Issue 1 is George W. Bush's choice of Dick Cheney as a running mate, including reactions to his Sunday-morning interviews.
Cheney appears on four of five Sunday-morning programs: NBC's Meet the Press, CBS's Face the Nation, ABC's This Week, and Fox News Sunday. In three of the four interviews, he seems forthcoming, trustworthy, and confident. (On TW, he grows angry at Sam Donaldson's combative questioning. He dismisses as "trivial" all questions about his record in the House of Representatives, at one point snapping, "What trivial question did you want to ask me, Sam?") He defends his votes against funding the Department of Education and Head Start by noting the big budget deficits in the 1980s. He defends his vote against recognizing the African National Congress by arguing that many considered it a terrorist organization. He says that economic sanctions "don't work," but defends Cuba as an exception. (On Fox, he frankly admits that he is swallowing Bush's pro-sanctions policies: "If I sign on as his No. 2, so to speak, I would expect to make my views [against sanctions] known, to express my thoughts to him privately, and then once he's made a decision I'll salute smartly and support the policy.") He defends his votes against prohibiting cop-killer bullets and plastic guns by reiterating his strict interpretation of the Second Amendment. On most of the above votes, he accuses the then-Democratic House leadership of pulling procedural tricks. On TW, he refuses to answer a question about Bush's alleged cocaine use, and both he (on FNS) and wife Lynne (on TW) refuse to answer questions about their allegedly lesbian daughter.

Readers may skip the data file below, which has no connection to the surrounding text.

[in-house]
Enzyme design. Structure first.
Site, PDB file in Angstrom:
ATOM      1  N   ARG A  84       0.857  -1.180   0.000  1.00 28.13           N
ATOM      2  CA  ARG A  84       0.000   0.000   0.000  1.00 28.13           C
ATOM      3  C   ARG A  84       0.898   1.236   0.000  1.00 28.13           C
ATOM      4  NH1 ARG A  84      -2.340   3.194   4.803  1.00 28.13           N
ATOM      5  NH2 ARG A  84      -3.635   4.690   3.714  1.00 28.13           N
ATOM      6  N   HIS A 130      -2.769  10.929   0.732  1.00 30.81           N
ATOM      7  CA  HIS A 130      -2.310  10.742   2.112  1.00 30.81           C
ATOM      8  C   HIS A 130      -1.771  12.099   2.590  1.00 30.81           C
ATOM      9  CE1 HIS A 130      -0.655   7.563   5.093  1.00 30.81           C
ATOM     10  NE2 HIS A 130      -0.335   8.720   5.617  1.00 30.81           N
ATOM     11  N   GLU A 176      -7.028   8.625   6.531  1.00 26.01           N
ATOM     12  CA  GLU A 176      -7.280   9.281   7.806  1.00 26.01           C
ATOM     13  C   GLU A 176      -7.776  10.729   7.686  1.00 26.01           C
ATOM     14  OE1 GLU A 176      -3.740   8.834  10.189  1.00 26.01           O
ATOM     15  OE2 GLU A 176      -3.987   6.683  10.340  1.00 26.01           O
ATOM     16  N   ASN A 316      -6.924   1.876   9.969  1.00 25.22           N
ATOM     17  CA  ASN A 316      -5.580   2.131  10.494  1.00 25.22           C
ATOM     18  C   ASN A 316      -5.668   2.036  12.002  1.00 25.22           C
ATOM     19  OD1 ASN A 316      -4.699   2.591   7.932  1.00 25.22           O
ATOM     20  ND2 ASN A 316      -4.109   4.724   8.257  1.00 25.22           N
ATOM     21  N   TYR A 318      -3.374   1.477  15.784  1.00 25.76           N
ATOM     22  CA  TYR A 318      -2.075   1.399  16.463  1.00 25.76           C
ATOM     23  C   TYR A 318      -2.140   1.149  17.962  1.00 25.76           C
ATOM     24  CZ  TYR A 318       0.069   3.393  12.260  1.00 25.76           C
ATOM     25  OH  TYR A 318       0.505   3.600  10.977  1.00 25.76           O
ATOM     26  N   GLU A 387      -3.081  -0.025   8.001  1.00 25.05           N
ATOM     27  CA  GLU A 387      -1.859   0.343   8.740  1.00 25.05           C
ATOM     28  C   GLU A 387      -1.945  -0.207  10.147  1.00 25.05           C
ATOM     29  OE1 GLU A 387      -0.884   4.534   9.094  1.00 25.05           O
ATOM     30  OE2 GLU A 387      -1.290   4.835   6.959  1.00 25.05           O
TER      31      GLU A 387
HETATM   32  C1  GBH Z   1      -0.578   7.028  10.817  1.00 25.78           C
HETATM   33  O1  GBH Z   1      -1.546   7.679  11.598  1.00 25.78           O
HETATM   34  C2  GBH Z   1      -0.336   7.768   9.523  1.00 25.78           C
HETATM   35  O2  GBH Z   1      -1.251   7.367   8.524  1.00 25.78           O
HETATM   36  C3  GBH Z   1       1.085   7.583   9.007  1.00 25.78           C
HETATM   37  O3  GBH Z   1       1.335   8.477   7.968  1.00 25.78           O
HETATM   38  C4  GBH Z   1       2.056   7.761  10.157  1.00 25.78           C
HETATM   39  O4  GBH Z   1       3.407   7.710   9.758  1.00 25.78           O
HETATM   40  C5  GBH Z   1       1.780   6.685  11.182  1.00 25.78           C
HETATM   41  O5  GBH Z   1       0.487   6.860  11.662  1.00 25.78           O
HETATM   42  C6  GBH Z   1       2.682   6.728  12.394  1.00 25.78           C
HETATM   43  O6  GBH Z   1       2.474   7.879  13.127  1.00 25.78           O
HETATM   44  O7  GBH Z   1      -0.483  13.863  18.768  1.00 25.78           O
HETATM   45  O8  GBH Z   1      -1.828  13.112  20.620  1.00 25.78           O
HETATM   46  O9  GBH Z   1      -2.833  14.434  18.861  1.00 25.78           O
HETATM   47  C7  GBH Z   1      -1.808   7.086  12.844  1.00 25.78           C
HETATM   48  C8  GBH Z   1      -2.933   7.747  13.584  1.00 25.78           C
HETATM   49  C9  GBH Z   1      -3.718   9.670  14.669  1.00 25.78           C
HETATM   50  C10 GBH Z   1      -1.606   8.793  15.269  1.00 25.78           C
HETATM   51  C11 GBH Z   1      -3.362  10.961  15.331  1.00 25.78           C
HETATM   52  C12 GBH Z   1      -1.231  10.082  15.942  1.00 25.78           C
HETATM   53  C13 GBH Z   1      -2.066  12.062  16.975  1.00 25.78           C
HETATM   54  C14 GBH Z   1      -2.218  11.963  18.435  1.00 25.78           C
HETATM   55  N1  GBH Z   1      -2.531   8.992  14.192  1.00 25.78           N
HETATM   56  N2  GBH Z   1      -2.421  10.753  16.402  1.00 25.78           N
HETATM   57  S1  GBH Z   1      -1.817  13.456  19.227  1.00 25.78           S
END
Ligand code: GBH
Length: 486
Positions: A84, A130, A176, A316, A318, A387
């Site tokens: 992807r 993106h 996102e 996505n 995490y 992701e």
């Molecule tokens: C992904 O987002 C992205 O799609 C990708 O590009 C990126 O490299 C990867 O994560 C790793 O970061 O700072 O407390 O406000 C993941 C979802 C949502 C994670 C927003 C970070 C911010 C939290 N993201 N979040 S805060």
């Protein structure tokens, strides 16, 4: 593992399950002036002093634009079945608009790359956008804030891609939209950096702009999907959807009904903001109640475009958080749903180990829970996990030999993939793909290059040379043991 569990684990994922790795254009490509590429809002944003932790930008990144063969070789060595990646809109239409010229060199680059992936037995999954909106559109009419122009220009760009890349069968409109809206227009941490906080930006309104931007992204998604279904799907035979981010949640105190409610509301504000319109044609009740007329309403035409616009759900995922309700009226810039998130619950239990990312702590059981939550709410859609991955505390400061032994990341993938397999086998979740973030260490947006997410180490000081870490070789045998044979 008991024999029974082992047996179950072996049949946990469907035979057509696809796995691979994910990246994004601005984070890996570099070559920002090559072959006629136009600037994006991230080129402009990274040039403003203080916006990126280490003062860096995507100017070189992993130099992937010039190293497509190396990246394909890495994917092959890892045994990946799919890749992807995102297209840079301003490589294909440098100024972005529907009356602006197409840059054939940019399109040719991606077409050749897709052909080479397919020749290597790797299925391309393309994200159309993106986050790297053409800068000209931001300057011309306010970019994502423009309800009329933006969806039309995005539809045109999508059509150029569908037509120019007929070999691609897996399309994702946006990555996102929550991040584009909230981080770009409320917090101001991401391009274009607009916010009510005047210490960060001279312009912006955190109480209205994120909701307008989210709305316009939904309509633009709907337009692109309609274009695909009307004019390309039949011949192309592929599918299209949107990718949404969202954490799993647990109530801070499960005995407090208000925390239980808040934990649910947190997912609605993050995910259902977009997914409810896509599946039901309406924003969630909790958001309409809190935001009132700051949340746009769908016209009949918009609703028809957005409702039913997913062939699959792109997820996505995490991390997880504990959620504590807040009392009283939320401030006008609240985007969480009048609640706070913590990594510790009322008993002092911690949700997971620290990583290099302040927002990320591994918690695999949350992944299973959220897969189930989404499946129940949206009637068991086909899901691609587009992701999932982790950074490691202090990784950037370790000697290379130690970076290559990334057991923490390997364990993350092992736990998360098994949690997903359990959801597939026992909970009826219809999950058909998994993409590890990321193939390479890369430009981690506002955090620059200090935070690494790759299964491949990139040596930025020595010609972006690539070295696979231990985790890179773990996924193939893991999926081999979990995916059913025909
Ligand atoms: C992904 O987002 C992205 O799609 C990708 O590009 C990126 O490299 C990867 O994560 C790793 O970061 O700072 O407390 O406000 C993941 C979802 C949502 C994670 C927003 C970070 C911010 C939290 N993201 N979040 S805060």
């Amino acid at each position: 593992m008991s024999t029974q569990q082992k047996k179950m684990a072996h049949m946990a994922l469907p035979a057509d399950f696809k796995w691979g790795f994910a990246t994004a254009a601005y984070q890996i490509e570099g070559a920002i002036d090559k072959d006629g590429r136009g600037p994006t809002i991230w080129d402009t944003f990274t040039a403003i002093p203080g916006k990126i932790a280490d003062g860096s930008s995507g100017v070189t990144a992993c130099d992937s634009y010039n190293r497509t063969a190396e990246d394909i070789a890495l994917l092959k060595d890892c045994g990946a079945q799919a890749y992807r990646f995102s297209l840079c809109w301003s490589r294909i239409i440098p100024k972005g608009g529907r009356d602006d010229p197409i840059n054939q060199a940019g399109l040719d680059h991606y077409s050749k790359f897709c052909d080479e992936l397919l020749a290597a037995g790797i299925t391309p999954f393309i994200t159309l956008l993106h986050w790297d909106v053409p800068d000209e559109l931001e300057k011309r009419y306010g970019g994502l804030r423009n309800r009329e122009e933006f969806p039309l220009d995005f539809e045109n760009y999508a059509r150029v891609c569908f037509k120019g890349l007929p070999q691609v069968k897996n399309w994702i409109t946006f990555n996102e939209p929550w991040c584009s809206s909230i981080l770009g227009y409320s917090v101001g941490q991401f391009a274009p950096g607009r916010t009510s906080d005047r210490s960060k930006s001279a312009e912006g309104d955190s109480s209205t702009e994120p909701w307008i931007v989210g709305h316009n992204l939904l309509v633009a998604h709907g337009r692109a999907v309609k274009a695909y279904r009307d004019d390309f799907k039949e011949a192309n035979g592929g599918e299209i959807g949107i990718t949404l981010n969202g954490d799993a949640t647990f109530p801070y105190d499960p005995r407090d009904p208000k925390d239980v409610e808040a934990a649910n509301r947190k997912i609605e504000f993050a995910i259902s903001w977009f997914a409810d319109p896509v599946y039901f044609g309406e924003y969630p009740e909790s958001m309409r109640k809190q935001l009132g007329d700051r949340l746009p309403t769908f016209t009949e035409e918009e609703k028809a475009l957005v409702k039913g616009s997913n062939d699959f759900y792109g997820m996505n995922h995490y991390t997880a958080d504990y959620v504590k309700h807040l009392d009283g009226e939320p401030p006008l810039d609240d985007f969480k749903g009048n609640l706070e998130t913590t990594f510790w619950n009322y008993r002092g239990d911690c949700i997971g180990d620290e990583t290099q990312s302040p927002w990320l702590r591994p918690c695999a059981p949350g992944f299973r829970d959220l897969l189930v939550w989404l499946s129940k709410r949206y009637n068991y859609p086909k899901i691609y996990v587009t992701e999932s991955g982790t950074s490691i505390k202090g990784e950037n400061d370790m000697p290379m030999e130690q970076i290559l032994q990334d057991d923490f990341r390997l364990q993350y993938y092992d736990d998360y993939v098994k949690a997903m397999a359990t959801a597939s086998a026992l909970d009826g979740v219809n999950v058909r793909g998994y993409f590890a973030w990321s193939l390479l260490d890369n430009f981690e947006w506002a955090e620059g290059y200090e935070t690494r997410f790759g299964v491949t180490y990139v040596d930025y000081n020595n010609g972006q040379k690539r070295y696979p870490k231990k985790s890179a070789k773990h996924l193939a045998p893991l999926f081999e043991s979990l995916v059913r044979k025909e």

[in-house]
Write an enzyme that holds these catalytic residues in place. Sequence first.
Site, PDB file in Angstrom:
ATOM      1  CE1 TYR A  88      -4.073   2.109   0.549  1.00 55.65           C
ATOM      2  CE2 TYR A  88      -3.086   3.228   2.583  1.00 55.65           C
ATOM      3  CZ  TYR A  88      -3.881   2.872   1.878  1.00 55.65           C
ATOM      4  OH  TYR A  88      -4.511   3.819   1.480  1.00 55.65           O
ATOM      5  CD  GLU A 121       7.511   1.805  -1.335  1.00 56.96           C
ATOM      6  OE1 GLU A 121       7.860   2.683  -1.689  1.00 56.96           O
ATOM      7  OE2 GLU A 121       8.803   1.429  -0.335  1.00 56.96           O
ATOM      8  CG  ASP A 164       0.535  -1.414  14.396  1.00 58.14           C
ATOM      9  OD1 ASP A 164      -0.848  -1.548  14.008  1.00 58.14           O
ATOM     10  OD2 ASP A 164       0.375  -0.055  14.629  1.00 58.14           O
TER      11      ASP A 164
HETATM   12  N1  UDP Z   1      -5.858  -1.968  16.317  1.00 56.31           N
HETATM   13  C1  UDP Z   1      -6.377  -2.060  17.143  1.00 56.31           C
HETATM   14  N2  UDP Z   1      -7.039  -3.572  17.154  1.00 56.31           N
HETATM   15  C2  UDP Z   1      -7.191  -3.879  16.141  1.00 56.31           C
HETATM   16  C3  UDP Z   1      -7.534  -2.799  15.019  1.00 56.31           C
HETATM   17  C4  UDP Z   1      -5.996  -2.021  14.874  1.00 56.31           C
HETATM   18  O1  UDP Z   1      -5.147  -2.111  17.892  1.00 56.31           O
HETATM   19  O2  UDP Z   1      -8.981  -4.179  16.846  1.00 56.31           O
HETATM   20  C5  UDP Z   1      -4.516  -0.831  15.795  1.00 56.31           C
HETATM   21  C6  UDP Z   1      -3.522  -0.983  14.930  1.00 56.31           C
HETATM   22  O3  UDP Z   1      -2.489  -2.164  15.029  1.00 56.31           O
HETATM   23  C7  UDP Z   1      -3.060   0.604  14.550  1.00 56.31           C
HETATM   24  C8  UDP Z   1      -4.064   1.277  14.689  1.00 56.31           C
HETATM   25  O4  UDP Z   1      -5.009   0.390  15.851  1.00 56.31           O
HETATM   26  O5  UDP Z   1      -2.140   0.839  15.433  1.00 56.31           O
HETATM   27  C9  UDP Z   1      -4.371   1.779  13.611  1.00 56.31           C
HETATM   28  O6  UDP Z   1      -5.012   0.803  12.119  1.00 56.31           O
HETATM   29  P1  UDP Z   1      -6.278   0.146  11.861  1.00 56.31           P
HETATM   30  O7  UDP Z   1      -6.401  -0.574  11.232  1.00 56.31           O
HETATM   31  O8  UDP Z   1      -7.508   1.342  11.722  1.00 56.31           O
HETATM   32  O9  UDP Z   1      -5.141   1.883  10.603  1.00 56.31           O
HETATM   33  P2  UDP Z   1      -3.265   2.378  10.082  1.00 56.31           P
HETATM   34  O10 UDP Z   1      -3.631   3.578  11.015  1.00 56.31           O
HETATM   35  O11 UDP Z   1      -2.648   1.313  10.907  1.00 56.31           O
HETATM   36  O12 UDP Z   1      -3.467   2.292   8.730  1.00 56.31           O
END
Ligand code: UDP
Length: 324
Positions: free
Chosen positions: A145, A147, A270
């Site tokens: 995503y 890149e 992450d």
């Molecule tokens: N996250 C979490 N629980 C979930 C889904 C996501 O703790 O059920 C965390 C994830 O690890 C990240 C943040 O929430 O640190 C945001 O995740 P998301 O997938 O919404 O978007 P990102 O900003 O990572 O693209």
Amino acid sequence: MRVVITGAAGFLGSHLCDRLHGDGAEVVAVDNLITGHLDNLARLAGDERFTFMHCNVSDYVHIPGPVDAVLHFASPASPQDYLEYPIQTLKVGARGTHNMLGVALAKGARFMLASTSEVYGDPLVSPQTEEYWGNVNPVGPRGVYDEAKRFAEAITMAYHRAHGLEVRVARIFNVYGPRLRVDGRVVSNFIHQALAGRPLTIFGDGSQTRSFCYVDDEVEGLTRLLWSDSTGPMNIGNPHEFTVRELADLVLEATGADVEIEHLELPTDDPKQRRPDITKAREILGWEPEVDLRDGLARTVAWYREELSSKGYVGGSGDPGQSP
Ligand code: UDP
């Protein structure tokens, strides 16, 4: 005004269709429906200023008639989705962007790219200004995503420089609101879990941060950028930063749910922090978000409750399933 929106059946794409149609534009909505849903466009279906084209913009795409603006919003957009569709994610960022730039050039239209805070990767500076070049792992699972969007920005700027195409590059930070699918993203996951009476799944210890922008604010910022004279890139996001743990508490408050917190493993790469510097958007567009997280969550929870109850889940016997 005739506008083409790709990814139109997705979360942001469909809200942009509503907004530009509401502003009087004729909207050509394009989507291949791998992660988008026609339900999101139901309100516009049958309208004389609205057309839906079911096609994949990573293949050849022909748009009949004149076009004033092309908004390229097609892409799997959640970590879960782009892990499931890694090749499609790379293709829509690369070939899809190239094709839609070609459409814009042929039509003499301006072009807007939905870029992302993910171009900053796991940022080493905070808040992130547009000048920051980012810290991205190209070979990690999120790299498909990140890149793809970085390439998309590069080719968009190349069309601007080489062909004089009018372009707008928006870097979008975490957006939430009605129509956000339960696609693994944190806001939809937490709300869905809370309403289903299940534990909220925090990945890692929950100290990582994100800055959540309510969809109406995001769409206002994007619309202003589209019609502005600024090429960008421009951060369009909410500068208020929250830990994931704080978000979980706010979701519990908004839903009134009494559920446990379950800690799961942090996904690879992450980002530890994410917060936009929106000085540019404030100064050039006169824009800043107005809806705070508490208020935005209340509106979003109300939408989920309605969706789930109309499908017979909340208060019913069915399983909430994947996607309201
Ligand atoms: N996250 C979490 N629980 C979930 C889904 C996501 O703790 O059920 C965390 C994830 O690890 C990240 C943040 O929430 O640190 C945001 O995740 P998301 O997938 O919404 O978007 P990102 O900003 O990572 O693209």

Although John McLaughlin ( The McLaughlin Group) and Bob Novak (CNN's Capital Gang) accuse the press of unfairly picking apart Cheney's House votes, most pundits think Bush's selection has gone over well. David Broder (MTP) predicts that Cheney's "reasonable" manner will offset his very conservative voting record. ("I mean it takes at least two ingredients to be a right-wing ogre," wags Tucker Carlson [CNN's Late Edition]. "You have to have the right ideas, but you also have to have the right-wing ogre temperament," which Cheney does not.) Joe Klein (MTP) notes that even an "unreconstructed conservative" like Cheney has in the past week come around to support minimal gun control and federal education spending, in order to appear politically palatable. On the substance of his House votes, Al Hunt and Margaret Carlson (both CG) argue that Cheney's votes for large tax cuts belie his apparent concern with the deficit. And Sam Donaldson (TW) wonders whether Cheney really always wanted Nelson Mandela released from jail, considering that he thought the ANC a terrorist organization.
Examples of questions posed to Dick Cheney by former Bush administration speechwriter Tony Snow (FNS):
- Are there any skeletons in your closet?
- Is Al Gore a nice guy?
- Do you think the Clinton administration is ethical?
- Are you going to take a swing at the opposition?
- What do you think Dubya has learned from his father?
- What has happened with the military since you presided over it?
This is beyond my paygrade. I plan to talk about education over the next few months. I don't want to take up minimum wage or NATO enlargement.
--Lynne Cheney, answering a question about the minimum wage's disproportionate impact on women (TW)
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